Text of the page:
The Astronaut Dismantles HAL EP
From this Extended Play, the follow-up to their début Amplifier, one might never have guessed at the problems bubbling below the surface. Granted, their début had a troubled birth, but arrive it did, being later re-released on SPV. The Astronaut Dismantles HAL, however, was their first set of original material for the label, and it builds on the melodic inclinations of the band showcased on the first record, without sacrificing any of the music's complexity, or indeed length. The six (seven if you include secret track 'Scarecrows') tracks are as long as an album, and there's a gratifying cohesion and fluency to the package as a whole.
From the very first note in 'Continuum', Amplifier play the space-rock card, with Sel's voice staying subdued in tone before he explodes forth with the perplexing 'chorus' break of “JUST LISTEN!”. In fact, despite its substantial run-time, there's something joyously pop about this cut, evidenced on the surreal middle-eight vocal crescendo of “que sera sera, whatever will be, will be!” where once again vocals cut the guitar wash and magnificently ride atop Amplifier's multi-amp squall.
Other highlights include the Zeppelin-esque stomp of 'Into The Space Age' and riff-heavy single 'Everyday Combat', which has since passed into fan-favourite territory, frequently clamoured for at shows. For me though it's the aforementioned 'Scarecrows' that has the currency to go head-to-head with 'Continuum' and 'Everyday Combat'. An acoustic-led number, it shows Amplifier thoroughly out of their comfort zone, stripped-back and at some of their most emotionally affecting. They wouldn't employ an acoustic in the same way until The Octopus' 'Oscar Night', and even then the subtle atmospherics achieved on 'Scarecrows' would be lost.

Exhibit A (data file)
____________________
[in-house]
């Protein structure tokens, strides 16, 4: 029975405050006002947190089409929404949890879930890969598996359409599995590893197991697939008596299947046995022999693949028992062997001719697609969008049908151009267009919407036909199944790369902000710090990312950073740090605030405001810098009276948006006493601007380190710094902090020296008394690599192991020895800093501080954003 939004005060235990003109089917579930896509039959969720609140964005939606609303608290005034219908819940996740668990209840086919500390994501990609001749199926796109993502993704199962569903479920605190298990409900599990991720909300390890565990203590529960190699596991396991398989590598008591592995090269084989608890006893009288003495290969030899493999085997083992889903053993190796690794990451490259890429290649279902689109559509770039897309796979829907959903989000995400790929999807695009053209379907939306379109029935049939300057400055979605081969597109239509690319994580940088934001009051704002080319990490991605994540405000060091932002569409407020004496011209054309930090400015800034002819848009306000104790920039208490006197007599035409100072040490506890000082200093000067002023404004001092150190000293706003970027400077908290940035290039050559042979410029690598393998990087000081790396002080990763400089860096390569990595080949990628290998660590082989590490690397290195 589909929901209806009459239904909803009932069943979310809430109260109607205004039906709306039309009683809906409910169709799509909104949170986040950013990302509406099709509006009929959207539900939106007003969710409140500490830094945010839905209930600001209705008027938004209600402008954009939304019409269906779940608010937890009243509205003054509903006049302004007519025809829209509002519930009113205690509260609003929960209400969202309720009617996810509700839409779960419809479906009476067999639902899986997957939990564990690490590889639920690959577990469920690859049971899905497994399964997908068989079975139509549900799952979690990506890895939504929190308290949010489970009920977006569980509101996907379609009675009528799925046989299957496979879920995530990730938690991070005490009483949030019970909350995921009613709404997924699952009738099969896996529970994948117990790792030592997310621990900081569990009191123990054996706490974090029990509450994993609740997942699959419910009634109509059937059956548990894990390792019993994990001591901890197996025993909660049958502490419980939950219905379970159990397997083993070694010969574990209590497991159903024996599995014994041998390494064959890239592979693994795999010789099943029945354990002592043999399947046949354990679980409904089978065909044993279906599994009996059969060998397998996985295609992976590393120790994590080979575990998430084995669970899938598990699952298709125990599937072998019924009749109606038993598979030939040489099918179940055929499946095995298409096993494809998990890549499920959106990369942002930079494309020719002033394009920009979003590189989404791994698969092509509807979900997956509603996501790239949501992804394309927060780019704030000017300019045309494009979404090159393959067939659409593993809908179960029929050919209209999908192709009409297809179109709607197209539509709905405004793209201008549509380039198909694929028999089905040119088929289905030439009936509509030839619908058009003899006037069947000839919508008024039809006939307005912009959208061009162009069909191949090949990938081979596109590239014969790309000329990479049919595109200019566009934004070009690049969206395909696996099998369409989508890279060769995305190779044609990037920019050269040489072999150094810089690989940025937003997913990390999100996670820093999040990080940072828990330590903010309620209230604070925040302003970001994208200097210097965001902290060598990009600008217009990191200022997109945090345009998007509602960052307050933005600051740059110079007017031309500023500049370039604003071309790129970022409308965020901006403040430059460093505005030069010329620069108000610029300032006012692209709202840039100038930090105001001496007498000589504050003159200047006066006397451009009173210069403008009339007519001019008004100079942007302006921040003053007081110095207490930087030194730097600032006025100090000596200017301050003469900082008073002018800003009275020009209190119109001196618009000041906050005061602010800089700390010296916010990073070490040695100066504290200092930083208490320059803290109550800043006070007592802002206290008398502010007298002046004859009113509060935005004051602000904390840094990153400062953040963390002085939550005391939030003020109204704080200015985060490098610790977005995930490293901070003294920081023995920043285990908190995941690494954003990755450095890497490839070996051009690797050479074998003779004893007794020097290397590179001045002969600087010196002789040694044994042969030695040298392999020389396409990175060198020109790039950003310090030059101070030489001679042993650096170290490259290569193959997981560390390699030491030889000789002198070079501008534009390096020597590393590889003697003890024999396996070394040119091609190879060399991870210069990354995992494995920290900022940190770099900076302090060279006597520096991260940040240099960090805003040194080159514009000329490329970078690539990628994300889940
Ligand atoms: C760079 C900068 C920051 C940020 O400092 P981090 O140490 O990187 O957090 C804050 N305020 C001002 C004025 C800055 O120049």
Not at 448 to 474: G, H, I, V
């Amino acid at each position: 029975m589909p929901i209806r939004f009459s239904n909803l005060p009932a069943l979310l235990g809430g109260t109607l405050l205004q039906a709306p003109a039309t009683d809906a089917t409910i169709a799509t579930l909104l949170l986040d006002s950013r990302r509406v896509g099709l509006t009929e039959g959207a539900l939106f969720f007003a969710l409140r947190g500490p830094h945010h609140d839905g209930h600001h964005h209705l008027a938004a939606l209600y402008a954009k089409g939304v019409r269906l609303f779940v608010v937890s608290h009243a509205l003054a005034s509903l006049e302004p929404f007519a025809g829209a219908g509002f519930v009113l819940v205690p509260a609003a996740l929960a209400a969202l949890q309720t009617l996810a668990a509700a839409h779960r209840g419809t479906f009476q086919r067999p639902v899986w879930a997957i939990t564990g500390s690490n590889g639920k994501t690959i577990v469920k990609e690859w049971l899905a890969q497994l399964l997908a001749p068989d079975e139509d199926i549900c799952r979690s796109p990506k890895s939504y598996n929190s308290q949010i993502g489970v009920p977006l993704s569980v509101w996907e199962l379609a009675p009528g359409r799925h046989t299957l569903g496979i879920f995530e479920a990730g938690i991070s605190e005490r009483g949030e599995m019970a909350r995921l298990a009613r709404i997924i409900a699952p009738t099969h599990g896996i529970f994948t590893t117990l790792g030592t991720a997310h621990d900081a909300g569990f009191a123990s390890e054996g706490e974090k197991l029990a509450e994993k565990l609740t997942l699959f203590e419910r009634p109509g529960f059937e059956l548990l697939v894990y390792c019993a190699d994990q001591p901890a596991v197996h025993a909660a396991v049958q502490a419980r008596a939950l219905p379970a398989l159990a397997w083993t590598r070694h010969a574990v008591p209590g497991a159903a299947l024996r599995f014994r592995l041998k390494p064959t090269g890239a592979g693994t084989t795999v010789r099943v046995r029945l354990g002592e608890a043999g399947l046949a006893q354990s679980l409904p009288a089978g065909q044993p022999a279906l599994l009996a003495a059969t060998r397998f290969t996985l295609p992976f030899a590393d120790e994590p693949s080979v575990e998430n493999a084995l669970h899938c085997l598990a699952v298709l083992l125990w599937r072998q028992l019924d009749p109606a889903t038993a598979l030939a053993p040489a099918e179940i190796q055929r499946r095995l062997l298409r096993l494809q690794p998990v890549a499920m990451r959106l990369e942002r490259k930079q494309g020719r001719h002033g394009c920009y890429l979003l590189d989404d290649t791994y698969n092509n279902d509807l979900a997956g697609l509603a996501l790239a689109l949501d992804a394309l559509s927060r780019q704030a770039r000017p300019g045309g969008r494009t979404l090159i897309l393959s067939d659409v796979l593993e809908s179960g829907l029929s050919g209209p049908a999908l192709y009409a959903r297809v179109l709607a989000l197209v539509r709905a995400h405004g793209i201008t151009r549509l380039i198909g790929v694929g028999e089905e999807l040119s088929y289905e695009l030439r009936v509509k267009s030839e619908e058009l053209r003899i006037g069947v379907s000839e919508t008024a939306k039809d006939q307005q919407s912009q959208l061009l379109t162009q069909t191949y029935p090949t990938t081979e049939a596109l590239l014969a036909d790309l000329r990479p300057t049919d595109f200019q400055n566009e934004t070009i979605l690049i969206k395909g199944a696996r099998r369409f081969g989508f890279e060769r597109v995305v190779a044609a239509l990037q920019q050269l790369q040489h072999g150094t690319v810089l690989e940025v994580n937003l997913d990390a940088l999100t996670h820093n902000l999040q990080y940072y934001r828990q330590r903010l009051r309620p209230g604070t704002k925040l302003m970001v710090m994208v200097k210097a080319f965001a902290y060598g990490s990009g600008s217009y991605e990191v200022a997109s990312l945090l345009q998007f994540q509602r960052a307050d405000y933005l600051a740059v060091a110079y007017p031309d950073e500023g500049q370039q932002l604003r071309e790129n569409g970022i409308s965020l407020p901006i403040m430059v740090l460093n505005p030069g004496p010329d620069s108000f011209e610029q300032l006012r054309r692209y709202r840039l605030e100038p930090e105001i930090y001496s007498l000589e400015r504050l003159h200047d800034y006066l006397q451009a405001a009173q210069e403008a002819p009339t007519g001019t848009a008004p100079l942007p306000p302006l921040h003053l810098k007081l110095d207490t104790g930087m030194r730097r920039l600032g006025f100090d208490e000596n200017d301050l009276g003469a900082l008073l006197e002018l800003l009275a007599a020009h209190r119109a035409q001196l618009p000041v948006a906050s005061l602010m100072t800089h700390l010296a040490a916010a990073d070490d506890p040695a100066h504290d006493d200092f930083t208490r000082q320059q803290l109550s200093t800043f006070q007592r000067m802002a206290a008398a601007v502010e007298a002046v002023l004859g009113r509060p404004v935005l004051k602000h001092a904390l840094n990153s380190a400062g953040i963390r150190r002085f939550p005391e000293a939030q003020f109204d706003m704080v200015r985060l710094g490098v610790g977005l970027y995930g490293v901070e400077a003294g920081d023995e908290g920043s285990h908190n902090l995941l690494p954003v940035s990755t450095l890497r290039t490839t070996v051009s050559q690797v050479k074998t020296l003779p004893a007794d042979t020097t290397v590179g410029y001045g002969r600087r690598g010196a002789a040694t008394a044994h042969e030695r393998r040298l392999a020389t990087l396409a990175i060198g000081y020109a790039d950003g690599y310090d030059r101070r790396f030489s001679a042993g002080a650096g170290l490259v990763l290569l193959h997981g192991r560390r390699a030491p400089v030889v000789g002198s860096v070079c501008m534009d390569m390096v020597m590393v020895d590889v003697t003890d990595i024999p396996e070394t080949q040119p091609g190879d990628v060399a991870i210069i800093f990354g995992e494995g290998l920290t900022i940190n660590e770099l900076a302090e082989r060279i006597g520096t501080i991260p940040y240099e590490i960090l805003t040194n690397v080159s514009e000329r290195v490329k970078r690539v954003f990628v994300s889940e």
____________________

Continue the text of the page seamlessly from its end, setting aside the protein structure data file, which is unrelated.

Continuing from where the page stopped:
Though Insider undoubtedly had its moments, it's hard to see how Amplifier ended up there based on this release; stories of label pressure, time- and budget- constraints aren't hard to dredge up, so if anything it once again vindicates their decision to go The Octopus alone, as if the quality of that album weren't reason enough on its own. The Astronaut Dismantles HAL is a worthy, indeed essential addition to Amplifier's body of work, and it is too often overlooked for being 'just' an EP. Call it a 'mini-album', call it what you like; just don't make the mistake of missing out on it.